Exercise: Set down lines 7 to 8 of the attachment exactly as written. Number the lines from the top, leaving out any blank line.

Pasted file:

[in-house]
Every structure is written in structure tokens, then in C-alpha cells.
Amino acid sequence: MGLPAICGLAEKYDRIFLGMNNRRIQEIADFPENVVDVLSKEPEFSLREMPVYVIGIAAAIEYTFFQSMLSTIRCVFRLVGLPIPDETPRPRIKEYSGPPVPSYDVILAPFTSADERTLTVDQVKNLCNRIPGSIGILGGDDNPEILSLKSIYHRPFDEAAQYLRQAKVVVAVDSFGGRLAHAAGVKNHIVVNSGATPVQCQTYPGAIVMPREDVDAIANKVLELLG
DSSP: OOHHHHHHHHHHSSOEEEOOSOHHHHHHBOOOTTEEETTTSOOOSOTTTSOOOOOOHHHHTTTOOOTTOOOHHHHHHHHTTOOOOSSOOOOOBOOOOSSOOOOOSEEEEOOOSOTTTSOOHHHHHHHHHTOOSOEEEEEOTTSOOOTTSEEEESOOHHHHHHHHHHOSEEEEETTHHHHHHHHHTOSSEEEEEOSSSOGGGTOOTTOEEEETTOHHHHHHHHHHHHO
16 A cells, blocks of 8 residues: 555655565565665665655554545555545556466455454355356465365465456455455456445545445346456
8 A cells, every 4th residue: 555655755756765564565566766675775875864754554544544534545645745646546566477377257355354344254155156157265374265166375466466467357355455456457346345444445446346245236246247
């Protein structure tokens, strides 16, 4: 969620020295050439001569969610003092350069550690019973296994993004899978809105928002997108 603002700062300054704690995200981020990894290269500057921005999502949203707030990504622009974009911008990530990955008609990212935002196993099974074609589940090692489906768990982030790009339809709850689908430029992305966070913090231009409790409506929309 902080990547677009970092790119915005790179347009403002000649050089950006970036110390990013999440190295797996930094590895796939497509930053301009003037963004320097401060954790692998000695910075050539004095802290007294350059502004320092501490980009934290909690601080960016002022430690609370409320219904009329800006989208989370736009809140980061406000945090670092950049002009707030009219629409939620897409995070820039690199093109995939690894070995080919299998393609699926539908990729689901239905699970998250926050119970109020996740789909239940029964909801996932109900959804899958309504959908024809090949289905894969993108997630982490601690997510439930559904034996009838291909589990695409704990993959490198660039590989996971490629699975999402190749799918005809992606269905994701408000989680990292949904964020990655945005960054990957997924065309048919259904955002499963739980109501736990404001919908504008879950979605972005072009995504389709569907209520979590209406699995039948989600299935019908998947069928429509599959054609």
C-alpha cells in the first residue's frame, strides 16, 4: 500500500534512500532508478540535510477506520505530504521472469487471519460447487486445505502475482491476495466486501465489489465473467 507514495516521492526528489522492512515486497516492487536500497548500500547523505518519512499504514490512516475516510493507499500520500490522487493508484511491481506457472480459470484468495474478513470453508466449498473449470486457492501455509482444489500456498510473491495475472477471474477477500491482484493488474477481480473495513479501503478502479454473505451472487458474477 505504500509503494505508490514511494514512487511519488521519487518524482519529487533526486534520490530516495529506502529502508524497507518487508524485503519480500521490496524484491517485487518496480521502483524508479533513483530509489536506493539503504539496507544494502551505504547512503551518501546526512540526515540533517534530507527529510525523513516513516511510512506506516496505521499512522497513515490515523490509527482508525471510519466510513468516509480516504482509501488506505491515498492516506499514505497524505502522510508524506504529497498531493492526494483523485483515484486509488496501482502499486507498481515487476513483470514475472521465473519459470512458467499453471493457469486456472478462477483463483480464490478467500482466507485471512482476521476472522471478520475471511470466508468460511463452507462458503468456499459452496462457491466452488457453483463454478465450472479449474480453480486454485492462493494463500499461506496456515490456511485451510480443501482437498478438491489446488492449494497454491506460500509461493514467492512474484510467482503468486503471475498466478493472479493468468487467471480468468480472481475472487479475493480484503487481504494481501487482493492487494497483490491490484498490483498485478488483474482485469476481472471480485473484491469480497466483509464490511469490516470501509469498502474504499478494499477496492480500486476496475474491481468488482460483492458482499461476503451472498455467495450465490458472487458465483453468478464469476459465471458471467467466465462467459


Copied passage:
């Protein structure tokens, strides 16, 4: 969620020295050439001569969610003092350069550690019973296994993004899978809105928002997108 603002700062300054704690995200981020990894290269500057921005999502949203707030990504622009974009911008990530990955008609990212935002196993099974074609589940090692489906768990982030790009339809709850689908430029992305966070913090231009409790409506929309 902080990547677009970092790119915005790179347009403002000649050089950006970036110390990013999440190295797996930094590895796939497509930053301009003037963004320097401060954790692998000695910075050539004095802290007294350059502004320092501490980009934290909690601080960016002022430690609370409320219904009329800006989208989370736009809140980061406000945090670092950049002009707030009219629409939620897409995070820039690199093109995939690894070995080919299998393609699926539908990729689901239905699970998250926050119970109020996740789909239940029964909801996932109900959804899958309504959908024809090949289905894969993108997630982490601690997510439930559904034996009838291909589990695409704990993959490198660039590989996971490629699975999402190749799918005809992606269905994701408000989680990292949904964020990655945005960054990957997924065309048919259904955002499963739980109501736990404001919908504008879950979605972005072009995504389709569907209520979590209406699995039948989600299935019908998947069928429509599959054609």
C-alpha cells in the first residue's frame, strides 16, 4: 500500500534512500532508478540535510477506520505530504521472469487471519460447487486445505502475482491476495466486501465489489465473467 507514495516521492526528489522492512515486497516492487536500497548500500547523505518519512499504514490512516475516510493507499500520500490522487493508484511491481506457472480459470484468495474478513470453508466449498473449470486457492501455509482444489500456498510473491495475472477471474477477500491482484493488474477481480473495513479501503478502479454473505451472487458474477 505504500509503494505508490514511494514512487511519488521519487518524482519529487533526486534520490530516495529506502529502508524497507518487508524485503519480500521490496524484491517485487518496480521502483524508479533513483530509489536506493539503504539496507544494502551505504547512503551518501546526512540526515540533517534530507527529510525523513516513516511510512506506516496505521499512522497513515490515523490509527482508525471510519466510513468516509480516504482509501488506505491515498492516506499514505497524505502522510508524506504529497498531493492526494483523485483515484486509488496501482502499486507498481515487476513483470514475472521465473519459470512458467499453471493457469486456472478462477483463483480464490478467500482466507485471512482476521476472522471478520475471511470466508468460511463452507462458503468456499459452496462457491466452488457453483463454478465450472479449474480453480486454485492462493494463500499461506496456515490456511485451510480443501482437498478438491489446488492449494497454491506460500509461493514467492512474484510467482503468486503471475498466478493472479493468468487467471480468468480472481475472487479475493480484503487481504494481501487482493492487494497483490491490484498490483498485478488483474482485469476481472471480485473484491469480497466483509464490511469490516470501509469498502474504499478494499477496492480500486476496475474491481468488482460483492458482499461476503451472498455467495450465490458472487458465483453468478464469476459465471458471467467466465462467459